On a different scale, being part of the 5th St. Mary’s School Sagada Alumni Family and Friends (SMSSAFF) Conference that was held in the Chicago suburb of Park Ridge was a drawn out 3-day “ratatouille moment”. My wife and I joined the host committee on Thursday, August 4, as alumni, family and friends started arriving to register for the event. We met relatives and friends from Michigan, Colorado, Virginia, Maryland, Ohio, Texas, New Jersey, Massachusetts, New York and Illinois – there could be more states represented, and I believe there were those from Canada, but those states mentioned were what I remembered.

My wife and I didn’t graduate from St. Mary’s School (SMS) in Sagada – but my mother-in-law did. So did my dad (batch ’56), my mom (batch ’65), and my 3 older sisters who belonged to batch ’87, ’88, and ’90. Two of my brother-in-laws were also graduates of SMS. I was supposed to be a member of batch ’92 – but I was shipped to Manila for high school and missed all the fun. Still, I didn’t feel left out. The St. Mary’s tradition runs strong in my family and during the reunion, I somehow felt like I was representing my parents and sisters as they were not able to attend.

Anglican Mass and SMS Missionaries

The reunion / conference was held in an episcopal church also known as St. Mary’s. The Anglican church service on Saturday morning was the first time I’ve attended in years. (My family now have affiliated ourselves to evangelical, non-denominational churches in more recent years.) It was the same traditional hymn mass I remember from my Sagada childhood with great fondness. Members of the alumni served during the service, and the hymns were also handpicked by them. At the end of the service, when the attendees started singing the SMS hymn to the tune of O Danny Boy, I felt a tinge of regret that my family members (my mom especially) who were supposed to be there were absent.

Saturday evening was cultural night. The theme for the conference was about honoring Sagada’s teaching missionaries who were from various Anglican dioceses across the United States. These missionaries served in Sagada’s St. Mary’s school in the early 1900s and stayed in Sagada until the 1960s. In the photo slideshow which started the evening, there were images of SMS alumni who eventually settled in the US, visiting these same missionaries during their later years right here in their home country. I can only imagine what those missionaries may have felt like.

Having stayed here in the US since 2006, I cannot imagine sacrificing comfortable living here and going to a strange mountainous land in the Far East to spend time with a group of people and culture that is too foreign from the one you’re used to. And after all the hard work and time spent, you actually get to see the fruit of your labor by having some of your students get to visit you back in your home country. Indeed, a theme that I’ve heard from the older alumni during the conference was of thanksgiving – the alumni are thankful to those brave teaching missionaries for the opportunities that it has provided the students and their families not just in their lifetime, but also for the next generations to come.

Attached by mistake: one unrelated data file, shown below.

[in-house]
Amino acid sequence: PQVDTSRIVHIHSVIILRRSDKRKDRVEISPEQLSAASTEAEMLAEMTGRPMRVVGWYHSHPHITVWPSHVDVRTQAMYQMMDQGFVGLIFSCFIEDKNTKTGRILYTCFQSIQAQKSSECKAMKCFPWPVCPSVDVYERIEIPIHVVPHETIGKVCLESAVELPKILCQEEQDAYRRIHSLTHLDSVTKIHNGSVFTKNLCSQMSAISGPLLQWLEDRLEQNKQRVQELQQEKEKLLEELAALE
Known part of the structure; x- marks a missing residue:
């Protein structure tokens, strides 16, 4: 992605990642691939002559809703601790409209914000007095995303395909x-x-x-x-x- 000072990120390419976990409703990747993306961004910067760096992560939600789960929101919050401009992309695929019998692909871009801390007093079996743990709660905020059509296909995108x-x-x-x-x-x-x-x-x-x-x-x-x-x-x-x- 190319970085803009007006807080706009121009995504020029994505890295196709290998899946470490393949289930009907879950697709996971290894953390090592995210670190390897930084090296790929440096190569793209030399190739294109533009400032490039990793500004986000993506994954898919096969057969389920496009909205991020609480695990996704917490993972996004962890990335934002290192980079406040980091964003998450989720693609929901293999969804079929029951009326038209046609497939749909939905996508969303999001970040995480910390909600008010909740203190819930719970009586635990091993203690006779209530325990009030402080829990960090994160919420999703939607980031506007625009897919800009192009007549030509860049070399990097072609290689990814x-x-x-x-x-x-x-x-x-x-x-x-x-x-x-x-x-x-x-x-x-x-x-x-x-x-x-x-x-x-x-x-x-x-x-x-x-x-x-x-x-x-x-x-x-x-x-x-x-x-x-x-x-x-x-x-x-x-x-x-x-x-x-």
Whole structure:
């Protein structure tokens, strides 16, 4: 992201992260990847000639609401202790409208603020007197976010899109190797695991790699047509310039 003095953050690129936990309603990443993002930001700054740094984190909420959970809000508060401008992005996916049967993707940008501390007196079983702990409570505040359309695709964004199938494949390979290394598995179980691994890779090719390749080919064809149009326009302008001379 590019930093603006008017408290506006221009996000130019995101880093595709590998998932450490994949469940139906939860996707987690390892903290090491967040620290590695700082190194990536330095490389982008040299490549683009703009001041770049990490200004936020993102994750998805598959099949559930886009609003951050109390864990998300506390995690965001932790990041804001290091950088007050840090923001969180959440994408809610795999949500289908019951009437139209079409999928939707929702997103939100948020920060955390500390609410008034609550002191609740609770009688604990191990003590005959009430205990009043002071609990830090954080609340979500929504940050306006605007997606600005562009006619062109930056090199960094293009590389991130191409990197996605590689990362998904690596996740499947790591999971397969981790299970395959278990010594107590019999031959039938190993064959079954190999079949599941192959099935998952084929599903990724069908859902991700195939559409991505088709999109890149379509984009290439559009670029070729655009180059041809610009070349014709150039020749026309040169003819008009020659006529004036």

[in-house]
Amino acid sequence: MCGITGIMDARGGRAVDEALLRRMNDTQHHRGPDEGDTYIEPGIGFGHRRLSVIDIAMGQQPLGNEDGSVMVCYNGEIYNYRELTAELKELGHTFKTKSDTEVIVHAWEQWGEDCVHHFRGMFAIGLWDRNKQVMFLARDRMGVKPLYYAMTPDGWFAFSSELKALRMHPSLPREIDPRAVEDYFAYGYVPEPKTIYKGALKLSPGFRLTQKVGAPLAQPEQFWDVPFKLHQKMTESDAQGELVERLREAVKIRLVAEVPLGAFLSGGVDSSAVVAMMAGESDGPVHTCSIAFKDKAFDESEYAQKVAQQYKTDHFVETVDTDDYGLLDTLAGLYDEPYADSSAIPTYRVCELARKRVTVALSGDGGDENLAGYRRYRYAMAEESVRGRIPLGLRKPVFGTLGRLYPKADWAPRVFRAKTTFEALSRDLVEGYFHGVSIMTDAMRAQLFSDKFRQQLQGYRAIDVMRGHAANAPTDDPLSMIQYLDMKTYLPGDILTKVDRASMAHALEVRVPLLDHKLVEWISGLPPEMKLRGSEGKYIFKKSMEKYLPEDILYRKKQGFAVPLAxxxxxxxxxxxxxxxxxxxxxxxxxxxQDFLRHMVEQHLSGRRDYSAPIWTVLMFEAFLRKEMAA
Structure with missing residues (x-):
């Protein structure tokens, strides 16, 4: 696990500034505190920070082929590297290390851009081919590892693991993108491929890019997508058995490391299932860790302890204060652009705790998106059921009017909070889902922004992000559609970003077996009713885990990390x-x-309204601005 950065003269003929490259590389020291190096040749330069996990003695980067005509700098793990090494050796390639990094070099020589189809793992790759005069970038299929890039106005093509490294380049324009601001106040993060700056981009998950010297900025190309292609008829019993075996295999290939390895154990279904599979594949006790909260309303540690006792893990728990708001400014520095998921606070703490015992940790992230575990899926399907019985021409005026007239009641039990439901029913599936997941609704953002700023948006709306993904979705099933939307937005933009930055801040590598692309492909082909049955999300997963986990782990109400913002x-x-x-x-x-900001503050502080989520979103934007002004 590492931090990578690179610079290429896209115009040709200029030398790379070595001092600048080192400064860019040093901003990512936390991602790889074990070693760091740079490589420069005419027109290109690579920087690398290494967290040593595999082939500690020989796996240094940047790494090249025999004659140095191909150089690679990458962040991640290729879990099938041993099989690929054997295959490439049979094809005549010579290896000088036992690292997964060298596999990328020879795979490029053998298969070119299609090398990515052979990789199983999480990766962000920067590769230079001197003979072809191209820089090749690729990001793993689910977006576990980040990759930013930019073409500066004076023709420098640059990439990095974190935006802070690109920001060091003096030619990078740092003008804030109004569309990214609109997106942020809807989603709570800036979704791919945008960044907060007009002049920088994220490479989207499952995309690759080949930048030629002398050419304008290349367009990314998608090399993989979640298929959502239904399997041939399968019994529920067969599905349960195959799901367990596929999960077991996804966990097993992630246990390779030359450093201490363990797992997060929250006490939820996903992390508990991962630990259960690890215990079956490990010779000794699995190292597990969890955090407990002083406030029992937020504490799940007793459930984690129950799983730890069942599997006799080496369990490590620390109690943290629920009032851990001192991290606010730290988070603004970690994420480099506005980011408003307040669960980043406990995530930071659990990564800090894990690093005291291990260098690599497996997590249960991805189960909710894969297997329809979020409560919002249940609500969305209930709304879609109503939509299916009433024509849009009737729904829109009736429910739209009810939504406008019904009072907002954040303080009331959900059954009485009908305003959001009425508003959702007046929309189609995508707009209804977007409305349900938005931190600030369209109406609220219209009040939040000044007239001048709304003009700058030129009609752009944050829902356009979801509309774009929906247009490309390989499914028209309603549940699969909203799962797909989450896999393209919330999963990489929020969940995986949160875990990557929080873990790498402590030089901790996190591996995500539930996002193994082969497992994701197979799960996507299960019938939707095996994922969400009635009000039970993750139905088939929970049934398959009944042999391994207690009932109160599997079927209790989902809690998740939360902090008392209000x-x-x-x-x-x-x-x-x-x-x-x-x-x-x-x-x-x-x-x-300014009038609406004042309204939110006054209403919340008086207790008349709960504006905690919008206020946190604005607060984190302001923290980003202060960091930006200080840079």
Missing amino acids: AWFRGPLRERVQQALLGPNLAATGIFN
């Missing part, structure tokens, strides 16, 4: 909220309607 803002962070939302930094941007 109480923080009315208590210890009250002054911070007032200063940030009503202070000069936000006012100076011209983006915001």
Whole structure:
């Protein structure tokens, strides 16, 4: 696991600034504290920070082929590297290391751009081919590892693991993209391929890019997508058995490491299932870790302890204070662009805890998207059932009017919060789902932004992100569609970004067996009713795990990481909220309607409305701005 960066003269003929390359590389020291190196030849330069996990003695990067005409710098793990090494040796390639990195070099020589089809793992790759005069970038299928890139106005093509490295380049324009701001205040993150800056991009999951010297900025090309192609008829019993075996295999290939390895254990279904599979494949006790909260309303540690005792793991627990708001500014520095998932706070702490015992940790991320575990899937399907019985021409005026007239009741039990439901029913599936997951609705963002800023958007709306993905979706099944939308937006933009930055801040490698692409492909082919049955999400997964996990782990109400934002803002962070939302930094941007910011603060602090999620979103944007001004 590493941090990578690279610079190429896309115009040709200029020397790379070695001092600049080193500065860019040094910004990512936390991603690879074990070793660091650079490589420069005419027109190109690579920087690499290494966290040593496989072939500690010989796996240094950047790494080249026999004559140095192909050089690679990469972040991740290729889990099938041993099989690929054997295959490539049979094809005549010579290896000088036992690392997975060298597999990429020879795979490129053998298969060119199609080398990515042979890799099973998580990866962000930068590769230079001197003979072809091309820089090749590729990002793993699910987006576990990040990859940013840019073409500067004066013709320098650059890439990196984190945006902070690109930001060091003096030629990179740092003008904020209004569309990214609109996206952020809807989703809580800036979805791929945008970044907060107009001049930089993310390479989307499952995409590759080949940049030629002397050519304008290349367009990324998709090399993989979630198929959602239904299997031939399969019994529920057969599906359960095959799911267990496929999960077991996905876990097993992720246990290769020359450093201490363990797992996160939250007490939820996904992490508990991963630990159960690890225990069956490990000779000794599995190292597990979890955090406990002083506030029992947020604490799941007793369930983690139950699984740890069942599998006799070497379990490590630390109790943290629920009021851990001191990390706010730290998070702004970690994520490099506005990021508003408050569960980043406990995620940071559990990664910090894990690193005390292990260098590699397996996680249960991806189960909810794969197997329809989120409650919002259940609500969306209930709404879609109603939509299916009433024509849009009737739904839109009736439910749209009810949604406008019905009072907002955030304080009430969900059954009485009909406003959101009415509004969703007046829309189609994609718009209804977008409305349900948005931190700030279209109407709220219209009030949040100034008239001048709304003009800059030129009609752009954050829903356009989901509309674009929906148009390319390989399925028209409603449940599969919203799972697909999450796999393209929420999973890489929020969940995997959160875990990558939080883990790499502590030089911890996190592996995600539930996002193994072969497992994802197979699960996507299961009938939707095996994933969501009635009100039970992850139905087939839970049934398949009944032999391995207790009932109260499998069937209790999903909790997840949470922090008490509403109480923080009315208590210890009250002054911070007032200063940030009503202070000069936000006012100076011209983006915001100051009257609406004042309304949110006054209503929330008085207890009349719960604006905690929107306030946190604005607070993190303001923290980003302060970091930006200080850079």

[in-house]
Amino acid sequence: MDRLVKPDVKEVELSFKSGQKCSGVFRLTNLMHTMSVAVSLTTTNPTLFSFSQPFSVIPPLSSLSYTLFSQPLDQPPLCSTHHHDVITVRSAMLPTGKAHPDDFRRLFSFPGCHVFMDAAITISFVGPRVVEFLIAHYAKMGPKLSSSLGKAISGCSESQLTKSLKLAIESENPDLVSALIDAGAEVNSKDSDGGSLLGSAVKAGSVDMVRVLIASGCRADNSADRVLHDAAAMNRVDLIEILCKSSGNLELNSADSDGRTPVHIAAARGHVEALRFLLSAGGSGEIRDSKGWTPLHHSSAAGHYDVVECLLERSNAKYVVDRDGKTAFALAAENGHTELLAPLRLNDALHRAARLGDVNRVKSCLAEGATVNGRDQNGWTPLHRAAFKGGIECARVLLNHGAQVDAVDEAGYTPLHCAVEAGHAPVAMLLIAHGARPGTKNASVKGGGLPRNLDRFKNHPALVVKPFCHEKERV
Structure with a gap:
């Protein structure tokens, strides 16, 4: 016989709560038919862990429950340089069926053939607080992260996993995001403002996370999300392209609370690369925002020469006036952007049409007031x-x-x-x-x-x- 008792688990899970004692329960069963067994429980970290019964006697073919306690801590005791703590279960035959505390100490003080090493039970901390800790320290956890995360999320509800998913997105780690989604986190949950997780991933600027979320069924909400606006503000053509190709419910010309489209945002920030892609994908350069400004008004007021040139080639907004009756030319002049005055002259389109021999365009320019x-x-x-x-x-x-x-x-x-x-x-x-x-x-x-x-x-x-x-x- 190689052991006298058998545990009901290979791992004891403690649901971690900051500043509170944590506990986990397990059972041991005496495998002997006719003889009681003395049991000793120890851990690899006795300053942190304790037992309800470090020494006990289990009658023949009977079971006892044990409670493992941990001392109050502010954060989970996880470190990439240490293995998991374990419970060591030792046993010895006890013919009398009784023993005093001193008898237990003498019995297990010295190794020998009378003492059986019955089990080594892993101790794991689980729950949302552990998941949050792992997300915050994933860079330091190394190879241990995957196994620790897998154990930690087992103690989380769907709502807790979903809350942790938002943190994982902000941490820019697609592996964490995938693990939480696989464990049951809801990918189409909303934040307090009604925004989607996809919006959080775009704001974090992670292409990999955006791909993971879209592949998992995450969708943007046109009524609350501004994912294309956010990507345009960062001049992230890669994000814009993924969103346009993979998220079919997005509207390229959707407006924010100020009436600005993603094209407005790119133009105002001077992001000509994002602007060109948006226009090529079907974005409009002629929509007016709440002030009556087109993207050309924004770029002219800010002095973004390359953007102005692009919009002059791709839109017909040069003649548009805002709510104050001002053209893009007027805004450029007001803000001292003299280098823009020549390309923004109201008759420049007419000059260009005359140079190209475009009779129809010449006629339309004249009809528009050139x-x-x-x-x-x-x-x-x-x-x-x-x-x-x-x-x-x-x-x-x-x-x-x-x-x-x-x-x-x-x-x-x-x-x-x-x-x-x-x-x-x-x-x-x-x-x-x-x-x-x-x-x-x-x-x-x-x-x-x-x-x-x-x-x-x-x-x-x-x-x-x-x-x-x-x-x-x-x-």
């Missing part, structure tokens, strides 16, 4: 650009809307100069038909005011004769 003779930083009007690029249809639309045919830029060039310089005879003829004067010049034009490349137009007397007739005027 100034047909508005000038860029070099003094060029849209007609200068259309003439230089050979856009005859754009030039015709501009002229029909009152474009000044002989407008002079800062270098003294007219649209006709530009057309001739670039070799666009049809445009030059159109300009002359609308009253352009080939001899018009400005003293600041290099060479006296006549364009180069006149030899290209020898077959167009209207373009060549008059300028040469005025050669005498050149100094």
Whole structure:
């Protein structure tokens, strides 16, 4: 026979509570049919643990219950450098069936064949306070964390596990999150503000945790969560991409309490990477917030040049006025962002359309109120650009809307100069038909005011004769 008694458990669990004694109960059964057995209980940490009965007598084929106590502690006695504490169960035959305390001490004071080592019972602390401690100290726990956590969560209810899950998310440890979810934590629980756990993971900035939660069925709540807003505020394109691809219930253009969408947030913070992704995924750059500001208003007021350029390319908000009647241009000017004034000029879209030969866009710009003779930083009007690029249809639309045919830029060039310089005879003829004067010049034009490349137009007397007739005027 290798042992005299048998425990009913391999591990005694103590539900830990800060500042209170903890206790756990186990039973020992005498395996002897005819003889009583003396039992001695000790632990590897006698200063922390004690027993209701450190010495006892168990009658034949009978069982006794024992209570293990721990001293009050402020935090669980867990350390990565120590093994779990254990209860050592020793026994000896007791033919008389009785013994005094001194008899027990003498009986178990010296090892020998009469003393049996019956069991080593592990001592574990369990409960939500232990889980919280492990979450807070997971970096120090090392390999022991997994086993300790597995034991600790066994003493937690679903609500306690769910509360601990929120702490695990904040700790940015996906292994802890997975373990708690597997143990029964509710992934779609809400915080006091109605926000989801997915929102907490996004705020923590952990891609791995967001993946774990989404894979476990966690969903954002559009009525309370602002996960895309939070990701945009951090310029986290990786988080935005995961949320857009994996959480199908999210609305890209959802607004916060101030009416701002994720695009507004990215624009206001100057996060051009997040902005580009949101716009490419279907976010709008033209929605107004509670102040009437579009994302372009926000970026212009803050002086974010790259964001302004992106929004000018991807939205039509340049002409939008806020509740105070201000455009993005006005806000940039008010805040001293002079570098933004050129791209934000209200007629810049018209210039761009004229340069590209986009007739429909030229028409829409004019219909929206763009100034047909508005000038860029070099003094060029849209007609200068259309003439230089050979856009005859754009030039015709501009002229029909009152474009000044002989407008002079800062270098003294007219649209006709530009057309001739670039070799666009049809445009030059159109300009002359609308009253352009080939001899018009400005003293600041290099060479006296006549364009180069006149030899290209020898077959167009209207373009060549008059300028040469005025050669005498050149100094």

CONTINUED here... A Taste of Sagada right here in Chicago – Part II


Sagada Missionaries Honored

Thursday, August 11, 2011

Sagada MissionariesThe 5th St. Mary's School Sagada Alumni and Friends Foundation (SMSSAFF) Conference held in the northern Chicago suburb of Park Ridge honored Sagada's teaching missionaries. During the final night of the conference last August 6, 2011, a cultural show was held in honor of the school's missionaries. It started with a photo slideshow of the missionary honorees, and included a fashion show, a skit on the arrival of the missionaries in Sagada, and performance of Igorot dances. Earlier in the day, a church service was held in St. Mary's Episcopal Church where the conference was held.

List of Missionary Honorees (from the SMS Yahoogroups mailing list):

1. The Community of St. Mary Nuns: 1917-1967 [Sagada Mission which includes SMSS]
2. The Rt. Rev. Robert Franklin Wilner: 1923-1955 (Philippines); 1945-1946, 1949-1950 (SMSS)
3. The Rev. Ezra Diman: 1932-1970 (Philippines); 1932-1938, 1948-1957 (SMSS)
4. Miss Helen Boyle: 1941-1945, 1947-1965 (Philippines); 1947-1950 (SMSS)
5. Deaconess Evelyn May Ashcroft: 1941-1945, 1951-1969 (Philippines); 1951-1952 (SMSS)
6. Richard and Jean Morgan: 1949-1951 (SMSS)
7. Olive Bird Tomlin: 1950-1955 (SMSS)
8. Mr. John Randall Norton: 1951-1954 (SMSS)
9. William Henry Scott: 1954-1993 (Philippines); 1954-1957, 1959-1963, 1970-1993 (SMSS)
10. Hazel F. Gosline: 1955-1966 (SMSS)
11. William Richard Hughes: 1956-1959 (SMSS)
12. The Rev. George Clinton and Mary Jane Harries: 1956-1969 (Philippines); 1956-1962 (SMSS)
13. The Rev. Archie C. Stapleton: 1959-1969 (SMSS)
14. Anne Fox- Miller: 1966-1969 (SMSS)
15. Ms. Anne Davidson: 1970 (SMSS)
16 Ms. Janet Eason: 2005-Present (SMSS)

Of the above, it is only the late Dr. William Henry Scott who I've personally interacted with. He used to visit my grandparents in Nangonogan. I've used some of his books as reference for papers done during my college years. I actually saw him walk the campus of the University of the Philippines in Diliman in the early 1990s, but as a teenager concerned with rather banal stuff, I didn't bother to have much conversation with him. That's a huge regret really - it would have been nice to pick the mind of not only one of Sagada's teaching missionaries, but an authority in Igorot history as well.

The presentation "Sagada to Chicago Welcome, SMS Teaching Missionaries Slideshow" is posted in YouTube. Watch the presentation below:

A photo gallery on the SMSSAFF Cultural Night is also available courtesy of Roel Marchadesch. Click on the photo below.

Sagada 5th SMSSAFF Conference in Chicago - Cultural Night Photos